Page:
Researchers Determine What Causes Diabetes
Your body's cells use sugar, or glucose, for energy. When you consume foods or beverages that contain sugar, a hormone called insulin pushes the sugar, or blood glucose, from the bloodstream to the various cells in your body. Once this occurs, the cells use the sugar as fuel, allowing them to function as they should. However in someone with type 2 diabetes, the cells don't respond to insulin as well as they used to. As a result, glucose levels continue to build up in the blood and the cells are deprived of the fuel they need to function. New research focused on exactly what causes diabetes and, in doing so, may have found a method for reversing the condition.
Diabetes Risk Factors
There are many factors that can increase your risk of developing type 2 diabetes. While childhood diabetes is a little more rare, it is occurring more frequently among children who are overweight or obese. Inactivity also increases the risk of developing the condition in children and adults. Research has also found that hypertension and high cholesterol levels increase the risks of developing diabetes as you age.
In a new study, it was also found that consuming ultra-processed foods -- packaged foods that contain high amounts of additives and preservatives -- also compounds the risk of type 2 diabetes. In this study, conducted at the University of Paris Epidemiology and Statistics Research Center, researchers looked at how consuming ultra-processed foods affected the risk of developing diabetes. The study included 21,800 male participants and 82,907 women, and examined their dietary habits and health conditions over the course of a decade.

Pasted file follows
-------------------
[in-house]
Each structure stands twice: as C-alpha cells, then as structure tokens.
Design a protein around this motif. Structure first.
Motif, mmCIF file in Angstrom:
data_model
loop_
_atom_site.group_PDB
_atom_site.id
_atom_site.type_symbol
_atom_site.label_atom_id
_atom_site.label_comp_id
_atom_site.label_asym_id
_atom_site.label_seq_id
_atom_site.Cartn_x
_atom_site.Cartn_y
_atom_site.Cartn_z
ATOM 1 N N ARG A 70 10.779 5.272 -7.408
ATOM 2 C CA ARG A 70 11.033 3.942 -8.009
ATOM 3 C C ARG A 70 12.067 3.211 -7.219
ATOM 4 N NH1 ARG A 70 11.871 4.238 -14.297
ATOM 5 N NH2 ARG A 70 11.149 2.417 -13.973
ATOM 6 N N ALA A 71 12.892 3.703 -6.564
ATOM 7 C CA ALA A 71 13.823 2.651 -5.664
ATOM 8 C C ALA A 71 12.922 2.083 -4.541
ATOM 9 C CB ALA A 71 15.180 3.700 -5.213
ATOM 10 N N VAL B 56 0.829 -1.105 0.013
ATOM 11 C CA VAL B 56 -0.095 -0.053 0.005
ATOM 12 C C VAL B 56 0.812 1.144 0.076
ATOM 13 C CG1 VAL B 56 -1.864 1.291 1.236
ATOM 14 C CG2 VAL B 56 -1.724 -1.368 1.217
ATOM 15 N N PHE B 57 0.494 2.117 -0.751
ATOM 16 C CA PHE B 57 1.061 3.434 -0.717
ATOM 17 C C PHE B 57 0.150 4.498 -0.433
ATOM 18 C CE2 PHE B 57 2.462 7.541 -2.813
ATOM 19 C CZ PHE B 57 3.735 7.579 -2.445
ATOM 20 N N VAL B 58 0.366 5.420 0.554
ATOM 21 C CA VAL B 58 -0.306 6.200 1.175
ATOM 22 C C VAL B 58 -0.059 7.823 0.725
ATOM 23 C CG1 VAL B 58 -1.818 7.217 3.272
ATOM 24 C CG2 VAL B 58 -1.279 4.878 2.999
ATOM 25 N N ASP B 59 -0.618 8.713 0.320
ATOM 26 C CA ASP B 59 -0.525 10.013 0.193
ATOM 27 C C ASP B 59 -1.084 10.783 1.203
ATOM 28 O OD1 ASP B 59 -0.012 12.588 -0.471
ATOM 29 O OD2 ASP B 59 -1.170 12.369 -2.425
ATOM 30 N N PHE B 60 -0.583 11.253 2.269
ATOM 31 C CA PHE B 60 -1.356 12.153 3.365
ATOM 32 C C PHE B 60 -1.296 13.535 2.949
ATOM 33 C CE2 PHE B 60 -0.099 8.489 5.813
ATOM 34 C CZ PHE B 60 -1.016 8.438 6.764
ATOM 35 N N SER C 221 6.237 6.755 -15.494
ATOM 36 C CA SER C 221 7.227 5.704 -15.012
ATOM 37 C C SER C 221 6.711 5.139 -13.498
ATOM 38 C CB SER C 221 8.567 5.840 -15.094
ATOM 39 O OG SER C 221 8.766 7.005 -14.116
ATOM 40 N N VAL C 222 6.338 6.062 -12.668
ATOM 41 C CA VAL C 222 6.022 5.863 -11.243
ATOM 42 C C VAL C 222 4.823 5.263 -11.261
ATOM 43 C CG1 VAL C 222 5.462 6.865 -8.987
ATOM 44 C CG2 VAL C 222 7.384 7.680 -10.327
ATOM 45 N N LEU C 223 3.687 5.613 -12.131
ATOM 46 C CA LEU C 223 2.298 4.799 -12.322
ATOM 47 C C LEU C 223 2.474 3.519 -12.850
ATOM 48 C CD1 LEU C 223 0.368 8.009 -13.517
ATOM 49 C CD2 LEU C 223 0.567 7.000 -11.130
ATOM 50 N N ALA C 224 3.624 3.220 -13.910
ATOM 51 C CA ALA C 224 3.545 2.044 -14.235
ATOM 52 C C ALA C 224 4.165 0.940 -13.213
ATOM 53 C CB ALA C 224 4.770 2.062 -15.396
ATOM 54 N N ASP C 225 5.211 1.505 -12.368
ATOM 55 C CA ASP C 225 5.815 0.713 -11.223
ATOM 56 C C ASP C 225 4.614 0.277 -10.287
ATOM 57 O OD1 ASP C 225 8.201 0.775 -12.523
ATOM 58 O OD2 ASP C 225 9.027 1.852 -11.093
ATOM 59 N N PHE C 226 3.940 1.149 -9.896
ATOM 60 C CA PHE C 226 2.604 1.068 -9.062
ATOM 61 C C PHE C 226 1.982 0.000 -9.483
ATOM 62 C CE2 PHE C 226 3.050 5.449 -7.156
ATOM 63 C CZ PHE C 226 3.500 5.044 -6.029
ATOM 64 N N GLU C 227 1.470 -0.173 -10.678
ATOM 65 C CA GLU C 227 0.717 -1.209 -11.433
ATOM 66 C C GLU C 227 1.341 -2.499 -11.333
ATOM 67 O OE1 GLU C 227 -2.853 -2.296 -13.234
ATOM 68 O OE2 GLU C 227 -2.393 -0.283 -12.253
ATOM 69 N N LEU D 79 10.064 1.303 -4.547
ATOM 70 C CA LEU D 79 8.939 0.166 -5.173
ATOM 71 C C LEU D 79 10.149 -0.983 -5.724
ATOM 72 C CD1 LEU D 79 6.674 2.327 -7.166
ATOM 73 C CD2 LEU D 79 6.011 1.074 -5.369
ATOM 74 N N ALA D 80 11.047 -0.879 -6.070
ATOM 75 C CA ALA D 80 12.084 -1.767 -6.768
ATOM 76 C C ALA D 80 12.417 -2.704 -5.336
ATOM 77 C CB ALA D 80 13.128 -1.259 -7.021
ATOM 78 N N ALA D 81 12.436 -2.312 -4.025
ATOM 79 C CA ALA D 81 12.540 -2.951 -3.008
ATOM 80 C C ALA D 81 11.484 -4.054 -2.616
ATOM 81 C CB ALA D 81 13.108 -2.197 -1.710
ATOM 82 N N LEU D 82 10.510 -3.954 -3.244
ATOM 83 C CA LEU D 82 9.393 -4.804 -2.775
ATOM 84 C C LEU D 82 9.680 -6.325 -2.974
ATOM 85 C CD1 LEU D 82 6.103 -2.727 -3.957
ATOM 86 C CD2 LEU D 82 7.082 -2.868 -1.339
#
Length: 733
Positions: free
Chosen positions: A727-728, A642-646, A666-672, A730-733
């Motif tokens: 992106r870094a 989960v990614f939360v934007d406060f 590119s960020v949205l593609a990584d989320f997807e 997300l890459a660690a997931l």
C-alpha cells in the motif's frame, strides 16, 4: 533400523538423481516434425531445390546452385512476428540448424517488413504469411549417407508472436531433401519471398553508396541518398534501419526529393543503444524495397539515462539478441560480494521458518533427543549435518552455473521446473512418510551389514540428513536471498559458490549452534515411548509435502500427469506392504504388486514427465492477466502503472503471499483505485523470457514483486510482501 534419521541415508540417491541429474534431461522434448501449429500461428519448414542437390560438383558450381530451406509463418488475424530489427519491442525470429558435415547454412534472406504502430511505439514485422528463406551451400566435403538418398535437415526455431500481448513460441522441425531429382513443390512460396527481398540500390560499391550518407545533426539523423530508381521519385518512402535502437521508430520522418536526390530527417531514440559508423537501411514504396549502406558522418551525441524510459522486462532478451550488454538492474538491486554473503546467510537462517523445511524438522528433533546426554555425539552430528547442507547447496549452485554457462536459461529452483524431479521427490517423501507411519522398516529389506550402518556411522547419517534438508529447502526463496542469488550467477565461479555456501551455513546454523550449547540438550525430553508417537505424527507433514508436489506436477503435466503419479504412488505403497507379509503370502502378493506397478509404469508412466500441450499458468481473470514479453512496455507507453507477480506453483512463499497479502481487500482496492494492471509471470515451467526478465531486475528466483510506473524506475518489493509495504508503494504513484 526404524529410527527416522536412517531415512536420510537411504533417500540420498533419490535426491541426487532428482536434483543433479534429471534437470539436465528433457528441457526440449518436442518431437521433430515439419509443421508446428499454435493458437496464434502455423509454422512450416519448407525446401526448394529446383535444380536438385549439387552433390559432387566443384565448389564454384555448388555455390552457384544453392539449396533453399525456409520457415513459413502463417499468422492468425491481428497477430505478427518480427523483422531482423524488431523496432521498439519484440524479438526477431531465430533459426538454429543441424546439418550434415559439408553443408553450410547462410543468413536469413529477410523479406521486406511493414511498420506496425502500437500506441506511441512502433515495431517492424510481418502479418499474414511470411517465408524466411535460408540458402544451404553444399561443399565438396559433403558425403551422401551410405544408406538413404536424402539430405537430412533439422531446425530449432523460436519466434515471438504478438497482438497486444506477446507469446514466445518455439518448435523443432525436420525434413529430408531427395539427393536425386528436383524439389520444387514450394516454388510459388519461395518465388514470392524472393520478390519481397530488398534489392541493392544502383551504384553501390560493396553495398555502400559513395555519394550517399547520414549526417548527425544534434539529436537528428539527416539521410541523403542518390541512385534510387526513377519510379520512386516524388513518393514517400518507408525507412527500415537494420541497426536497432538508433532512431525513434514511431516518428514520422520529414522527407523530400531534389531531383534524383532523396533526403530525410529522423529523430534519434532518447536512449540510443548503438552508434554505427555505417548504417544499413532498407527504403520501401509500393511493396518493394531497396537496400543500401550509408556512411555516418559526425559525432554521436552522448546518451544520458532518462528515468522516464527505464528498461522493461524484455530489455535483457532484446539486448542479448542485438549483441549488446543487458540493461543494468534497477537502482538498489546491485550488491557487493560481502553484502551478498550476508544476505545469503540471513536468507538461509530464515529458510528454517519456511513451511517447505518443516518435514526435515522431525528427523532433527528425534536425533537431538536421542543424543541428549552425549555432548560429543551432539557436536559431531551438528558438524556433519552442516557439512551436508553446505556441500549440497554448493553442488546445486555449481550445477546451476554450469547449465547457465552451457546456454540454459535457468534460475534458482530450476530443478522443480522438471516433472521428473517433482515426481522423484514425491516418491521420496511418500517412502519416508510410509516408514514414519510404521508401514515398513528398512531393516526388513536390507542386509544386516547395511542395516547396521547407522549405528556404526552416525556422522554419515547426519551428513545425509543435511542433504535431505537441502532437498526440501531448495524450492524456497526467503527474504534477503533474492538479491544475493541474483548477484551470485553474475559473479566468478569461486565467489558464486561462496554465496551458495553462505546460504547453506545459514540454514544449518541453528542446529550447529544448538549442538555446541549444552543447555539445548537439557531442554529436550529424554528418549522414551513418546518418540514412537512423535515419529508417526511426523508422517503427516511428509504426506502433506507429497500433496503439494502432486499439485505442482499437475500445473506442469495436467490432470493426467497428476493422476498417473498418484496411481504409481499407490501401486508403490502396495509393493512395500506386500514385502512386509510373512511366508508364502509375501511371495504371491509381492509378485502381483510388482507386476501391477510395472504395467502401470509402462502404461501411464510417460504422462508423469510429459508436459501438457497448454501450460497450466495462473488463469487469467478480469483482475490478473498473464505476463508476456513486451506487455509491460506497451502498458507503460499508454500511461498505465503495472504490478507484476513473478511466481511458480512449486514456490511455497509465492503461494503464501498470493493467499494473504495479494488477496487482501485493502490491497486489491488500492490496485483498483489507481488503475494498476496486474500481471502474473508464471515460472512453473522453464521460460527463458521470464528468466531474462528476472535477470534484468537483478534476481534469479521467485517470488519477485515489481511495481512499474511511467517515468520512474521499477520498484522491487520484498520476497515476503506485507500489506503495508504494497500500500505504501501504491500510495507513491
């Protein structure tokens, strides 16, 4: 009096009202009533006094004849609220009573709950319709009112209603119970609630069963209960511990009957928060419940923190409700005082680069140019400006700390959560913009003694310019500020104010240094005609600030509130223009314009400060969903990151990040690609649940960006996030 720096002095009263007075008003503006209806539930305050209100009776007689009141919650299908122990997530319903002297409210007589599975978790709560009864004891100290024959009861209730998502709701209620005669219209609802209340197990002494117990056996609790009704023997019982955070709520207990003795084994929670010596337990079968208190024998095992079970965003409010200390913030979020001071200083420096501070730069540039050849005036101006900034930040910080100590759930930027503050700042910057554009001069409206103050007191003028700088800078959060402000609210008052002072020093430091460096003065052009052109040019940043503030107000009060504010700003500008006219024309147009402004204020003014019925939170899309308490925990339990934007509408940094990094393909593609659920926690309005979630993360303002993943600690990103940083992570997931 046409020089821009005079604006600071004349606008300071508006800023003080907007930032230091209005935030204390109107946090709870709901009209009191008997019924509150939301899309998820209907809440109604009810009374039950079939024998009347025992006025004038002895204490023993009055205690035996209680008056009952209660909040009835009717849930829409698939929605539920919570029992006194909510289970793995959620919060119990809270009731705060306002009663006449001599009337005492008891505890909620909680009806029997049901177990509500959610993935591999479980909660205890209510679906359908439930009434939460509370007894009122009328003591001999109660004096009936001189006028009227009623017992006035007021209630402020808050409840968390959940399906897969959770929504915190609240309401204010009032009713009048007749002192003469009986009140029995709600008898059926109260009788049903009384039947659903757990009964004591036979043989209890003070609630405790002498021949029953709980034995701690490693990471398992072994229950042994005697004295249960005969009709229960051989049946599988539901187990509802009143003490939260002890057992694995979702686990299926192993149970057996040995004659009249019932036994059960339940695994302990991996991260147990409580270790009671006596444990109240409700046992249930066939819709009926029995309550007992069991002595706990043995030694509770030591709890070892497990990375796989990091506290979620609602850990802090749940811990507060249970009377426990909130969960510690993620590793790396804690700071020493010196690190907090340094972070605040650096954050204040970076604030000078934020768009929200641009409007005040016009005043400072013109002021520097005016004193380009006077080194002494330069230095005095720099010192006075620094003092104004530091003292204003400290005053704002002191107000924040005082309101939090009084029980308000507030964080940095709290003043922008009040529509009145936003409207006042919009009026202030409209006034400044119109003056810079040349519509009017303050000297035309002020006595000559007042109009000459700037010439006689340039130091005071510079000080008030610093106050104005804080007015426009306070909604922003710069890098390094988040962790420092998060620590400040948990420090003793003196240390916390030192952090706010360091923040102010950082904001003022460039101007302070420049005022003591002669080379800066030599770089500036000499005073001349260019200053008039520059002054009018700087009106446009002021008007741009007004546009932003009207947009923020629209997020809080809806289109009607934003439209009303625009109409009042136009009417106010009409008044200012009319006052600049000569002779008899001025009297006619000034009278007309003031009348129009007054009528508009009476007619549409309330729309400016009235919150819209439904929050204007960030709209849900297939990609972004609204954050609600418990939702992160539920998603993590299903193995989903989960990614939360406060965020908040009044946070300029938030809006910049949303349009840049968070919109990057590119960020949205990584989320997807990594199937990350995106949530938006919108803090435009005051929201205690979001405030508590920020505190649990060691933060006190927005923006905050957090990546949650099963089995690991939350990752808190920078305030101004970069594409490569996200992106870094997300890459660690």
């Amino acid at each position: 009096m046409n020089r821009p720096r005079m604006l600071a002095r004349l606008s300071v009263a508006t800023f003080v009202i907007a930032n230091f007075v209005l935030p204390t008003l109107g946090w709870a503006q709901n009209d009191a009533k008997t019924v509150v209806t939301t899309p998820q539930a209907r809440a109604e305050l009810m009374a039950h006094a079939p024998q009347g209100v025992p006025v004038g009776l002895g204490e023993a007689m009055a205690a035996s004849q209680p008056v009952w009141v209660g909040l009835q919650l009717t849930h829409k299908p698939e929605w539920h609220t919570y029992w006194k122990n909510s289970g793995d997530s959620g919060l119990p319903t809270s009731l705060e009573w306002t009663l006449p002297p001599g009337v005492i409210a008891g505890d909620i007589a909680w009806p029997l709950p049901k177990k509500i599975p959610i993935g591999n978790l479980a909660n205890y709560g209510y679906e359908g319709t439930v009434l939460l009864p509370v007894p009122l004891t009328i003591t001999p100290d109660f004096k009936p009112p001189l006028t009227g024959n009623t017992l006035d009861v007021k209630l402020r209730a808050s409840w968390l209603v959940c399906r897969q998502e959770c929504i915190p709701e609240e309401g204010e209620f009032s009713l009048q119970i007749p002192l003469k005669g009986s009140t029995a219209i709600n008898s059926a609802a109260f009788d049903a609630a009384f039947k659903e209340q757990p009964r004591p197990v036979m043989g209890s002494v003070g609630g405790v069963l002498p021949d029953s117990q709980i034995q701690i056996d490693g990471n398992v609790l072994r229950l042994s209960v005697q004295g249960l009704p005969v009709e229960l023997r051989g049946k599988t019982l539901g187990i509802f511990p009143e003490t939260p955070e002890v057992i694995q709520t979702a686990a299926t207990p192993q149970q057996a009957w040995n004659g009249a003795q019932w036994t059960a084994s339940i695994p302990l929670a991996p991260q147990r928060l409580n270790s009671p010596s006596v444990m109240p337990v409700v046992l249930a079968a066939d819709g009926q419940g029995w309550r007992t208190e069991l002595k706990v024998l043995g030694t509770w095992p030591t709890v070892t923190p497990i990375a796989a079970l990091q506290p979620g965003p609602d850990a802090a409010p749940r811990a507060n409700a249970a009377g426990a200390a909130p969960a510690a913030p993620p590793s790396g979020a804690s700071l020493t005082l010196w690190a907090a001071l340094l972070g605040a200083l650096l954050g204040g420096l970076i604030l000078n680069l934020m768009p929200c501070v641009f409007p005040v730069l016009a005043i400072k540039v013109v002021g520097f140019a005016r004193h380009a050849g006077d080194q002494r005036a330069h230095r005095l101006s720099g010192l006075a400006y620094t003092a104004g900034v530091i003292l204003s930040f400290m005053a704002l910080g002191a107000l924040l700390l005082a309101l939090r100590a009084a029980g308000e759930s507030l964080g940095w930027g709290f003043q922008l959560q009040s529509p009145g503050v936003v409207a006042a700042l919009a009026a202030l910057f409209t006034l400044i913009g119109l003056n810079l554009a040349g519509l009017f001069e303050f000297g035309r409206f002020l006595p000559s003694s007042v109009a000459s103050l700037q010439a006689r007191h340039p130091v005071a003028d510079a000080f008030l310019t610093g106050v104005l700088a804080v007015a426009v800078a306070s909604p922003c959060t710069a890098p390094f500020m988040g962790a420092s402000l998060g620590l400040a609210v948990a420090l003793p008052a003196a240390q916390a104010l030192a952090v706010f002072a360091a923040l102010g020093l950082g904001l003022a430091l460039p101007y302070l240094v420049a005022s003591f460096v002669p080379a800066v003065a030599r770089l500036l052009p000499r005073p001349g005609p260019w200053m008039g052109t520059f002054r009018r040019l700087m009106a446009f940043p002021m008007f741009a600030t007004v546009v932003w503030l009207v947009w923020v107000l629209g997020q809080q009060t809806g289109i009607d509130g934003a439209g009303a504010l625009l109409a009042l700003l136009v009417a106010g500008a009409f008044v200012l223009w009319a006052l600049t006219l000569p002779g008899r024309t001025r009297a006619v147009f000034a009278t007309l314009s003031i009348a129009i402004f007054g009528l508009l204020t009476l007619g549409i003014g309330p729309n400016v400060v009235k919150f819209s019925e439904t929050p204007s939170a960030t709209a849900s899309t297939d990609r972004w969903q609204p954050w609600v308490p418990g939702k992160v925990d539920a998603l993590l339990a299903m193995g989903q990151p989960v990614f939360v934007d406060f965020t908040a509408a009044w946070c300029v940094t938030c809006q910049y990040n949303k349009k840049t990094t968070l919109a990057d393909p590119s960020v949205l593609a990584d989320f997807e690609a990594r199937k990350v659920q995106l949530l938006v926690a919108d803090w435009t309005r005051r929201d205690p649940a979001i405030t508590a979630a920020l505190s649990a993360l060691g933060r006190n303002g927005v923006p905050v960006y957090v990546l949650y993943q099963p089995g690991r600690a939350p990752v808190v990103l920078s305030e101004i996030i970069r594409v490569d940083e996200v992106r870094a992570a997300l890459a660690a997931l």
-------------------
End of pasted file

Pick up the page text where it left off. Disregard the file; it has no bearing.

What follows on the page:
Measuring the amount of ultra-processed foods consumed by each subject on a daily basis, the team did confirm a link to a heightened risk for type 2 diabetes. While they couldn't say exactly which additives caused the increased risk, the researchers noted that certain additives, such as carrageenan, have been previously found to inhibit the processing of blood glucose. Other ingredients may contribute to the diabetes risk by increasing the body's insulin tolerance, or by inhibiting the production of insulin. The study's authors recommended limiting the consumption of ultra-processed foods to a minimum as a means of reducing the risk of developing diabetes.
Symptoms of Diabetes
If you suspect you have type 2 diabetes, or if you possess one or more of the risk factors previously discussed, you should consult your doctor immediately. This is especially true if you have observed any of the most common symptoms of the condition, which are listed below:
- increased thirst, accompanied by frequent urination
- increased appetite
- unexplained weight loss
- blurred vision
- sores or injuries that take longer to heal
New Research Uncovers What Causes Diabetes